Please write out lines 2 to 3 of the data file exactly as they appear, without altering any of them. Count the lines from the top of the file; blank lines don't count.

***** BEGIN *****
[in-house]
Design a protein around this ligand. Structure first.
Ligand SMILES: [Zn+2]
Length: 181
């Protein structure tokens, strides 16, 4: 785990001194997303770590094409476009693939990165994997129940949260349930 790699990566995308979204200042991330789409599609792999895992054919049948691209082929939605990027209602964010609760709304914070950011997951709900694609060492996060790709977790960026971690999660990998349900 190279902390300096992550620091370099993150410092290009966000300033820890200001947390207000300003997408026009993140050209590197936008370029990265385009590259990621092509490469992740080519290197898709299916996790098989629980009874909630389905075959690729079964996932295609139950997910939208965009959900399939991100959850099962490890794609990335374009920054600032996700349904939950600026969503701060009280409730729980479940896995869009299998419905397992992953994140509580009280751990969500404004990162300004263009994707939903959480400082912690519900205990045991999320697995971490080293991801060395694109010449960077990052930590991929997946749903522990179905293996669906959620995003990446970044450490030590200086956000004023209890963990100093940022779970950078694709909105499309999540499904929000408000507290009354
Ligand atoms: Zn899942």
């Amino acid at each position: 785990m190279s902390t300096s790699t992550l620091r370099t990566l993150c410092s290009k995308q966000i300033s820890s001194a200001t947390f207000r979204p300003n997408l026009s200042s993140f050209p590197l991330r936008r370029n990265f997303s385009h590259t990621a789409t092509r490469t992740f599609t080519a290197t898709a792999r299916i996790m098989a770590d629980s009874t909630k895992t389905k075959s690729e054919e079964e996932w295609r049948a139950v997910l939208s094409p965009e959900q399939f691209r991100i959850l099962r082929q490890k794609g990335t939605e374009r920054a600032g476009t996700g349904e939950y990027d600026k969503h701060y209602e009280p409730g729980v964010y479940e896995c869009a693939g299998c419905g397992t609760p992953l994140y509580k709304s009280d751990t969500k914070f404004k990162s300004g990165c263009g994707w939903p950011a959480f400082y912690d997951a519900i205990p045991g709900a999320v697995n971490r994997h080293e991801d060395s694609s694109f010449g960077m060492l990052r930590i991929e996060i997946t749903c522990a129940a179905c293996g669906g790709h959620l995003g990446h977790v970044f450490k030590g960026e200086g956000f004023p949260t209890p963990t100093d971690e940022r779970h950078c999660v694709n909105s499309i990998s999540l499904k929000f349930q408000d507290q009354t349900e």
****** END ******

Design a protein around this ligand. Structure first.
Ligand SMILES: [Zn+2]